Police in West Yorkshire refused three-quarters of all disclosure requests from people concerned about their partner’s potentially violent past, a new analysis has revealed.
The force approved just 25 per cent of all ‘right to ask’ requests made under Clare’s Law in the year to June 2017, while rates elsewhere ranged from seven to 76 per cent.
Officially called the Domestic Violence Disclosure Scheme, the law gives people the right to ask police whether their partner has a history of domestic violence or violent acts.
It also gives authorities the power to decide that someone who did not ask has the right to know, in the hope it may protect them from an abusive situation.
But the Bureau for Investigative Journalism found wide discrepancies in both how often people use the scheme and how often police forces in England and Wales disclose information.
Michael Brown, who lobbied for the law following daughter Clare Wood’s murder by an ex-boyfriend in 2009, said he was “very disappointed” with the way some forces used the law.
The former prison officer from Batley said: “Tackling domestic violence should be a priority but it seems like the message just isn’t getting down to some bobbies on the beat.”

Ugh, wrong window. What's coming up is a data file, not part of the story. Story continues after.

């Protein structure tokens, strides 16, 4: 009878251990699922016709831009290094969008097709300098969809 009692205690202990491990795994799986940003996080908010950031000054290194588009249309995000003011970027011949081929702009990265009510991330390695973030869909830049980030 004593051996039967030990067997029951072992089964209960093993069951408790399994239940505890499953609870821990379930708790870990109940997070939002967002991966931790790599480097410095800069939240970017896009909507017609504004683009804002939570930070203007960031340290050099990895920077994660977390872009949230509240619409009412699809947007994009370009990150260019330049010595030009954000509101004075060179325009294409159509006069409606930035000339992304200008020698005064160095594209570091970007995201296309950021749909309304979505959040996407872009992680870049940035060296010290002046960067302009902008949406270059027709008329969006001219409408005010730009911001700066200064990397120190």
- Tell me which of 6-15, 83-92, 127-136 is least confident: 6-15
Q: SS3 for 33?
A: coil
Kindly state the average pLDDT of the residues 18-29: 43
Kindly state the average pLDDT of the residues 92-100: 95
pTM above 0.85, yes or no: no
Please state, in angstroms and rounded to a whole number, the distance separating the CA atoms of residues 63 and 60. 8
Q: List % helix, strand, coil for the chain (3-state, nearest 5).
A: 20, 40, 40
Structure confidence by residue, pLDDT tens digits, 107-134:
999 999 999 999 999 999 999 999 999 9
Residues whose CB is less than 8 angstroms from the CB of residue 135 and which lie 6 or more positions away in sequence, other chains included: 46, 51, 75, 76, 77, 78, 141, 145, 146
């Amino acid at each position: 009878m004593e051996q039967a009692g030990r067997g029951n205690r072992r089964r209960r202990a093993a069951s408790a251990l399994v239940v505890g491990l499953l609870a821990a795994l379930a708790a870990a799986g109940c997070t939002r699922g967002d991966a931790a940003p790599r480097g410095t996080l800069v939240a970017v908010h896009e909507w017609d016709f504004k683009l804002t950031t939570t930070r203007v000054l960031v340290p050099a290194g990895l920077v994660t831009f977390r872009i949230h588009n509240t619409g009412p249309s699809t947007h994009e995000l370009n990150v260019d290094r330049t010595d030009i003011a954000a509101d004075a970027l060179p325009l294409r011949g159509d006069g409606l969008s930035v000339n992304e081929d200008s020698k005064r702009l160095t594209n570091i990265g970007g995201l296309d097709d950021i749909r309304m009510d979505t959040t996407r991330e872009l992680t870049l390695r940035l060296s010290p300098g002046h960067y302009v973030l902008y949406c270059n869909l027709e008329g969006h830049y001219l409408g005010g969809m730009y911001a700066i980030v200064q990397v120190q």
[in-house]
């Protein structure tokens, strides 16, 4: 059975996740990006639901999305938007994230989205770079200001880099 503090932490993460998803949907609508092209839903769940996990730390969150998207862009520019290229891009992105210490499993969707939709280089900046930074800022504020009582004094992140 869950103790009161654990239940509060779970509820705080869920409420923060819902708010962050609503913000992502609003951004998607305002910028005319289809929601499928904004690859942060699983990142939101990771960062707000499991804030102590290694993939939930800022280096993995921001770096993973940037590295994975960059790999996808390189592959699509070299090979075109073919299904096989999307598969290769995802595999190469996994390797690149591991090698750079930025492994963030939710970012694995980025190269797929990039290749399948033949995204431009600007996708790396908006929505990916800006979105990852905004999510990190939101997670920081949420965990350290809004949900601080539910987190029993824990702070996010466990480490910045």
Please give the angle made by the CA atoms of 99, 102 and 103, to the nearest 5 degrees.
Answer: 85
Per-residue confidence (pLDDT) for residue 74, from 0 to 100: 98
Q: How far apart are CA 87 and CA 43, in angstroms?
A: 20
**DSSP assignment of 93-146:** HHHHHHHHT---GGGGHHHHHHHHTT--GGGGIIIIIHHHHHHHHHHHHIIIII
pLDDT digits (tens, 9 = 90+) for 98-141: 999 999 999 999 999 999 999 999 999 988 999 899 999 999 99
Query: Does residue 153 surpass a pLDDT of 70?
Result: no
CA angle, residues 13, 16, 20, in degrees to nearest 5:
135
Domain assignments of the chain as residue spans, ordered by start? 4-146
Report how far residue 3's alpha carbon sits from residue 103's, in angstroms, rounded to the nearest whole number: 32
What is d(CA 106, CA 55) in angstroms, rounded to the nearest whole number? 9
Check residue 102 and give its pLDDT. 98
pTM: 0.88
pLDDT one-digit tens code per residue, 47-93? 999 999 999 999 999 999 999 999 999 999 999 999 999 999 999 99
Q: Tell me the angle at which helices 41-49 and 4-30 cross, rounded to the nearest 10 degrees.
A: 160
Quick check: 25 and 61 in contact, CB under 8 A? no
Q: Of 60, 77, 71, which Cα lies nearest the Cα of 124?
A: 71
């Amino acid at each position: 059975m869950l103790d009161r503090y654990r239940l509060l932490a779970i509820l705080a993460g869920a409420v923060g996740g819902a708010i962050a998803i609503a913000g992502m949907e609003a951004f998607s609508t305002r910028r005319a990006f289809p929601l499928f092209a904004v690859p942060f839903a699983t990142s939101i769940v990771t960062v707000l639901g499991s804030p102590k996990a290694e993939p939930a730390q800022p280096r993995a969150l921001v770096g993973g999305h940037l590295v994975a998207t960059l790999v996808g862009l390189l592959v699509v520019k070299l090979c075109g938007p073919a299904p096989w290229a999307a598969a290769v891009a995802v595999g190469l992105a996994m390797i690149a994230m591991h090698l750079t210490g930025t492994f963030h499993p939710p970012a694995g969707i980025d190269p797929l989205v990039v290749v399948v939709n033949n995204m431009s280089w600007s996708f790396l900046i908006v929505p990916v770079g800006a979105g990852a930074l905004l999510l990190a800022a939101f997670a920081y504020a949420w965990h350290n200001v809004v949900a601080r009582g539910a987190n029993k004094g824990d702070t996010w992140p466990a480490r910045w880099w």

Although West Yorkshire Police only approved a quarter of 'right to ask' requests, senior officers signed off on 76 per cent of 'right to know' requests from officials seeking permission to tell someone who had not yet asked.
Detective Chief Inspector Fran Naughton, of West Yorkshire Police, said: “The Clare’s Law Right to Know and Right To Ask initiatives are very important schemes which we fully support as tools we and the public can use to protect individuals against domestic abuse.
“As a force, we are disclosing more information under Clare’s Law with more requests for information met in each district in West Yorkshire in 2017/18 so far than in the 2016/17 financial year.
“Under Right to Ask, disclosures must be proportionate under national release criteria. In the instances where requests were not met, it has either been the case that the proportionality test was not passed or that the force did not hold information about the person it had been asked about."
She said the force was looking at how to improve disclosure rates and public awareness of the scheme.
She added: “Domestic Abuse is a priority for West Yorkshire Police and any measures which can prevent potential offences taking place and allow individuals to make decisions about their relationship and look after their personal safety will be utilised to their potential.”